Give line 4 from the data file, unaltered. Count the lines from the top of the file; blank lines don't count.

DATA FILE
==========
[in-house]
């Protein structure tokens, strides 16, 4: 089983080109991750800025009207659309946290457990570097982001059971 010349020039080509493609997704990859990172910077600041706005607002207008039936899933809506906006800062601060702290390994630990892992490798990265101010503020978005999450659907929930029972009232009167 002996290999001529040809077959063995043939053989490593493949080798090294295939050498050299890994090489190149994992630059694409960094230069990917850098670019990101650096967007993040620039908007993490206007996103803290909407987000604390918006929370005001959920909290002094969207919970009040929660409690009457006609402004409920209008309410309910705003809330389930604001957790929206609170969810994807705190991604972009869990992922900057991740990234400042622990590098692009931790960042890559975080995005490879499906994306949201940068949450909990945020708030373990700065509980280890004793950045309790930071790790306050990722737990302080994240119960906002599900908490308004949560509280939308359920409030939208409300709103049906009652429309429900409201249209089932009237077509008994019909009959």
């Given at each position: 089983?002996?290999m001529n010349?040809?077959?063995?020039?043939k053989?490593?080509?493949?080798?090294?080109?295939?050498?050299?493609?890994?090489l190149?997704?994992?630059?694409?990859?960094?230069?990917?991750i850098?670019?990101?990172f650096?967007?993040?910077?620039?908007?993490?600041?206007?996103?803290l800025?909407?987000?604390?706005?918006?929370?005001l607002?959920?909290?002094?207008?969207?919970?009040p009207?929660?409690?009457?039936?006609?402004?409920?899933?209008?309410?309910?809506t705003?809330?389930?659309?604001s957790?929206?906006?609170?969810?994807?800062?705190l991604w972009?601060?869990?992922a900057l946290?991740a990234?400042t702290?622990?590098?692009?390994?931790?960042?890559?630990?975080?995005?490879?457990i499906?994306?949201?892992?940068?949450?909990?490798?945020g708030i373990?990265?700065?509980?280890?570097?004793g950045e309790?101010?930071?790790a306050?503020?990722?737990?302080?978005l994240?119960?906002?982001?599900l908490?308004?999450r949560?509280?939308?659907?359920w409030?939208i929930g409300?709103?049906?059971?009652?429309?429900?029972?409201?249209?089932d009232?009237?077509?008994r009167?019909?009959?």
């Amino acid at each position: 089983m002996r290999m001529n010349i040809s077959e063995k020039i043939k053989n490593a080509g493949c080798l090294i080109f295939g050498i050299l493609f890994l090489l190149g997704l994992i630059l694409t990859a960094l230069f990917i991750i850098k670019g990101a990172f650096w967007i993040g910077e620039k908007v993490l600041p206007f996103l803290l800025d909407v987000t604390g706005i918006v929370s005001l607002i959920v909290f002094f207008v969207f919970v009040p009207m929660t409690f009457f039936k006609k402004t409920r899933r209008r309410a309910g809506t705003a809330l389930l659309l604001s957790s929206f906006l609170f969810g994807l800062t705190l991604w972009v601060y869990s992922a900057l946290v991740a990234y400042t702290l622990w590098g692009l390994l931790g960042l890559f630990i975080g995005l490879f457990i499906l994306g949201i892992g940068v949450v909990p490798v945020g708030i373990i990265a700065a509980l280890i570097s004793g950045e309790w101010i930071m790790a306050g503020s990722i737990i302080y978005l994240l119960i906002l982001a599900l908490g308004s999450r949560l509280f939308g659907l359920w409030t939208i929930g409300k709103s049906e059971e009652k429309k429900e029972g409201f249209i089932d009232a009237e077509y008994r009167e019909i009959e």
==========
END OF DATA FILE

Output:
């Amino acid at each position: 089983m002996r290999m001529n010349i040809s077959e063995k020039i043939k053989n490593a080509g493949c080798l090294i080109f295939g050498i050299l493609f890994l090489l190149g997704l994992i630059l694409t990859a960094l230069f990917i991750i850098k670019g990101a990172f650096w967007i993040g910077e620039k908007v993490l600041p206007f996103l803290l800025d909407v987000t604390g706005i918006v929370s005001l607002i959920v909290f002094f207008v969207f919970v009040p009207m929660t409690f009457f039936k006609k402004t409920r899933r209008r309410a309910g809506t705003a809330l389930l659309l604001s957790s929206f906006l609170f969810g994807l800062t705190l991604w972009v601060y869990s992922a900057l946290v991740a990234y400042t702290l622990w590098g692009l390994l931790g960042l890559f630990i975080g995005l490879f457990i499906l994306g949201i892992g940068v949450v909990p490798v945020g708030i373990i990265a700065a509980l280890i570097s004793g950045e309790w101010i930071m790790a306050g503020s990722i737990i302080y978005l994240l119960i906002l982001a599900l908490g308004s999450r949560l509280f939308g659907l359920w409030t939208i929930g409300k709103s049906e059971e009652k429309k429900e029972g409201f249209i089932d009232a009237e077509y008994r009167e019909i009959e």